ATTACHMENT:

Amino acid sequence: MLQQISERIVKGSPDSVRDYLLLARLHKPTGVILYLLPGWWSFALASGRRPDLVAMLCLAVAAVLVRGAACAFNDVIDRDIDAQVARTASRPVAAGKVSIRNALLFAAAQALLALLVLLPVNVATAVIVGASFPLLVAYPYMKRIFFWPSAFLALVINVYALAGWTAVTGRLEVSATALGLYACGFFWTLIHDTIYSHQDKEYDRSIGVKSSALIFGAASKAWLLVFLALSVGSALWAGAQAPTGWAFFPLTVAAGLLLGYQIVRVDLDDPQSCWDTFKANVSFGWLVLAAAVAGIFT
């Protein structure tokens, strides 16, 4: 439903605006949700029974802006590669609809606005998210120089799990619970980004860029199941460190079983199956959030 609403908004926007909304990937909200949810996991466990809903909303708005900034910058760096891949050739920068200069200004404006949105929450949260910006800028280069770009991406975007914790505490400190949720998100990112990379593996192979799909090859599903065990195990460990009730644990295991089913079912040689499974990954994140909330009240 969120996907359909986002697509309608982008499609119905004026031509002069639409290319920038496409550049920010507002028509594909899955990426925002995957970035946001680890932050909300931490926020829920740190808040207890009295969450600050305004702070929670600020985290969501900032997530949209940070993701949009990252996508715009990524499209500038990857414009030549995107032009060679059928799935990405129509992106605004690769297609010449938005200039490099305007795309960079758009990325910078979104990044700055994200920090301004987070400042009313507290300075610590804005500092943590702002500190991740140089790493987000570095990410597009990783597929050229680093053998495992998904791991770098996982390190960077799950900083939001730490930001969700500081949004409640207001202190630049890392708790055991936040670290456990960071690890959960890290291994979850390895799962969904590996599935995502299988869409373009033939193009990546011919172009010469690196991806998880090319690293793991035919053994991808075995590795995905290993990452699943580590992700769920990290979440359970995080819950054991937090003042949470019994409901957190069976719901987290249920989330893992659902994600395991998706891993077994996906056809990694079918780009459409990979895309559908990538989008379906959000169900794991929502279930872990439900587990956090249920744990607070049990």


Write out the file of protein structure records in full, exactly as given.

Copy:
Amino acid sequence: MLQQISERIVKGSPDSVRDYLLLARLHKPTGVILYLLPGWWSFALASGRRPDLVAMLCLAVAAVLVRGAACAFNDVIDRDIDAQVARTASRPVAAGKVSIRNALLFAAAQALLALLVLLPVNVATAVIVGASFPLLVAYPYMKRIFFWPSAFLALVINVYALAGWTAVTGRLEVSATALGLYACGFFWTLIHDTIYSHQDKEYDRSIGVKSSALIFGAASKAWLLVFLALSVGSALWAGAQAPTGWAFFPLTVAAGLLLGYQIVRVDLDDPQSCWDTFKANVSFGWLVLAAAVAGIFT
């Protein structure tokens, strides 16, 4: 439903605006949700029974802006590669609809606005998210120089799990619970980004860029199941460190079983199956959030 609403908004926007909304990937909200949810996991466990809903909303708005900034910058760096891949050739920068200069200004404006949105929450949260910006800028280069770009991406975007914790505490400190949720998100990112990379593996192979799909090859599903065990195990460990009730644990295991089913079912040689499974990954994140909330009240 969120996907359909986002697509309608982008499609119905004026031509002069639409290319920038496409550049920010507002028509594909899955990426925002995957970035946001680890932050909300931490926020829920740190808040207890009295969450600050305004702070929670600020985290969501900032997530949209940070993701949009990252996508715009990524499209500038990857414009030549995107032009060679059928799935990405129509992106605004690769297609010449938005200039490099305007795309960079758009990325910078979104990044700055994200920090301004987070400042009313507290300075610590804005500092943590702002500190991740140089790493987000570095990410597009990783597929050229680093053998495992998904791991770098996982390190960077799950900083939001730490930001969700500081949004409640207001202190630049890392708790055991936040670290456990960071690890959960890290291994979850390895799962969904590996599935995502299988869409373009033939193009990546011919172009010469690196991806998880090319690293793991035919053994991808075995590795995905290993990452699943580590992700769920990290979440359970995080819950054991937090003042949470019994409901957190069976719901987290249920989330893992659902994600395991998706891993077994996906056809990694079918780009459409990979895309559908990538989008379906959000169900794991929502279930872990439900587990956090249920744990607070049990």